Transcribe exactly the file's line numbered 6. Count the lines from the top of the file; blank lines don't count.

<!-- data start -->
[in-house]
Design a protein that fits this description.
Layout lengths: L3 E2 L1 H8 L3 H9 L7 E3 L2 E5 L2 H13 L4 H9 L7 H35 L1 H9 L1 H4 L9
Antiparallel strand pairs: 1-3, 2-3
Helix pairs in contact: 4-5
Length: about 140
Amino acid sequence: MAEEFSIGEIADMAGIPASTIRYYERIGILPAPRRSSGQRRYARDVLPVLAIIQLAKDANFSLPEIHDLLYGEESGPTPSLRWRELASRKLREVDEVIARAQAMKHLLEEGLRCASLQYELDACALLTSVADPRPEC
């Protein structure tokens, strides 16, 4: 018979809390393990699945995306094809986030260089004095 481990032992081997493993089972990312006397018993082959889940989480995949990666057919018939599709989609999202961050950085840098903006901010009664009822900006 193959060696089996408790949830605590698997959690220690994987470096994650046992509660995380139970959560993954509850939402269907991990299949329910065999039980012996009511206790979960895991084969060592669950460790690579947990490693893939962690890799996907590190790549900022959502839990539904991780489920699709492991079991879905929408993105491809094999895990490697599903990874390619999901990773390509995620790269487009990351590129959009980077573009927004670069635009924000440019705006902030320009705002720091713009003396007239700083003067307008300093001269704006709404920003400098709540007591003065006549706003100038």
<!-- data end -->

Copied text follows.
Length: about 140